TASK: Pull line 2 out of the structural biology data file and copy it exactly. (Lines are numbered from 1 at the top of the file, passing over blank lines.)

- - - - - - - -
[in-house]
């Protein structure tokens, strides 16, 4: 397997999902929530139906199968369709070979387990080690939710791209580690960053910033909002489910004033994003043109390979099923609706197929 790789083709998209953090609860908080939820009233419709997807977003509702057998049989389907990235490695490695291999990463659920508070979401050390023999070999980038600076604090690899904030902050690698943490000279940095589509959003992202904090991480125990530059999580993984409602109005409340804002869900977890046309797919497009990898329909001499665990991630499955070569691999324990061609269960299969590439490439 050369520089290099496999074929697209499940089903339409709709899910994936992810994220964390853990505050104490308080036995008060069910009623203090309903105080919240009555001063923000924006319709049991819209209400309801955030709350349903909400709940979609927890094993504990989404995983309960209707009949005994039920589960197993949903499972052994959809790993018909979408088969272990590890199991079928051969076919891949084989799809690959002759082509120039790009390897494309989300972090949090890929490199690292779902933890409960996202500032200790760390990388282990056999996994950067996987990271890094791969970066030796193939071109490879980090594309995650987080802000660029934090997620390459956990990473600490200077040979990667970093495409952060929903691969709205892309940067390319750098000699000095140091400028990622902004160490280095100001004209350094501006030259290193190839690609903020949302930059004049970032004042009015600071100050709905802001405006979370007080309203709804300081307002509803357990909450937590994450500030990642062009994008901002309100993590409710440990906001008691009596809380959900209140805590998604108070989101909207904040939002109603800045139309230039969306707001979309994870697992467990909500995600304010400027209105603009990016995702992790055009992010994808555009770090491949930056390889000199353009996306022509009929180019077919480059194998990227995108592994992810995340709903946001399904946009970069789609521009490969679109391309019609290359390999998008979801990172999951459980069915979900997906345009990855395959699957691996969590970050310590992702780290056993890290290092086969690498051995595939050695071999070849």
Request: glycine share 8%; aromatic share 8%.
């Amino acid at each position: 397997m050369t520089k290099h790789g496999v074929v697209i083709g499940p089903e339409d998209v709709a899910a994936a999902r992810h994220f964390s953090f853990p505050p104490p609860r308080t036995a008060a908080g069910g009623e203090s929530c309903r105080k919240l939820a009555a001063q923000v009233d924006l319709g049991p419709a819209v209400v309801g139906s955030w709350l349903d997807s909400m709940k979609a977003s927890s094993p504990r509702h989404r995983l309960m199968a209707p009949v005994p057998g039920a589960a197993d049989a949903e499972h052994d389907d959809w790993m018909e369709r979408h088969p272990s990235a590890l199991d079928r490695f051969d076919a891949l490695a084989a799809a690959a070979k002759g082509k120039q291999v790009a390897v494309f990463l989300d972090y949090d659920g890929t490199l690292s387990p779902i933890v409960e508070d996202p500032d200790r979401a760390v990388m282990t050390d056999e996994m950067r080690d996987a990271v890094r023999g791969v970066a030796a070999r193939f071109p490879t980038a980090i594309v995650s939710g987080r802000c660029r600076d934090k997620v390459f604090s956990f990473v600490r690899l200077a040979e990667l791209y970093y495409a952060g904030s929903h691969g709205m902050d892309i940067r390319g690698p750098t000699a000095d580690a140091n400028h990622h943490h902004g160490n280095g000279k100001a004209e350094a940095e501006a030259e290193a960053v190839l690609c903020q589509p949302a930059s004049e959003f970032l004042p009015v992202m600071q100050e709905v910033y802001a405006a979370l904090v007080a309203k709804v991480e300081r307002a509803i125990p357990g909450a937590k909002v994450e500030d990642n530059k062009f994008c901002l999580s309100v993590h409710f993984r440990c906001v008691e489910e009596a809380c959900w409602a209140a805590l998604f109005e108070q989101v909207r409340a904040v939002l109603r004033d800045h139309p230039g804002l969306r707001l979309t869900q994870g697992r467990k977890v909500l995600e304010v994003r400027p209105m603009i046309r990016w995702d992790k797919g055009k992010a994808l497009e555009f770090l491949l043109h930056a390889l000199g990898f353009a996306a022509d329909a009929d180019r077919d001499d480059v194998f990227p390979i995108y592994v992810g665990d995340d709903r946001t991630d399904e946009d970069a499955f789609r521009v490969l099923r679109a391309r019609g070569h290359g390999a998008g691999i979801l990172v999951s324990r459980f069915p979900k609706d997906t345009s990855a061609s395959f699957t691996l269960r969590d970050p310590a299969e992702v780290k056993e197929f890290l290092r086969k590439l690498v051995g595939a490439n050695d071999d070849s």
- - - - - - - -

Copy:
């Protein structure tokens, strides 16, 4: 397997999902929530139906199968369709070979387990080690939710791209580690960053910033909002489910004033994003043109390979099923609706197929 790789083709998209953090609860908080939820009233419709997807977003509702057998049989389907990235490695490695291999990463659920508070979401050390023999070999980038600076604090690899904030902050690698943490000279940095589509959003992202904090991480125990530059999580993984409602109005409340804002869900977890046309797919497009990898329909001499665990991630499955070569691999324990061609269960299969590439490439 050369520089290099496999074929697209499940089903339409709709899910994936992810994220964390853990505050104490308080036995008060069910009623203090309903105080919240009555001063923000924006319709049991819209209400309801955030709350349903909400709940979609927890094993504990989404995983309960209707009949005994039920589960197993949903499972052994959809790993018909979408088969272990590890199991079928051969076919891949084989799809690959002759082509120039790009390897494309989300972090949090890929490199690292779902933890409960996202500032200790760390990388282990056999996994950067996987990271890094791969970066030796193939071109490879980090594309995650987080802000660029934090997620390459956990990473600490200077040979990667970093495409952060929903691969709205892309940067390319750098000699000095140091400028990622902004160490280095100001004209350094501006030259290193190839690609903020949302930059004049970032004042009015600071100050709905802001405006979370007080309203709804300081307002509803357990909450937590994450500030990642062009994008901002309100993590409710440990906001008691009596809380959900209140805590998604108070989101909207904040939002109603800045139309230039969306707001979309994870697992467990909500995600304010400027209105603009990016995702992790055009992010994808555009770090491949930056390889000199353009996306022509009929180019077919480059194998990227995108592994992810995340709903946001399904946009970069789609521009490969679109391309019609290359390999998008979801990172999951459980069915979900997906345009990855395959699957691996969590970050310590992702780290056993890290290092086969690498051995595939050695071999070849």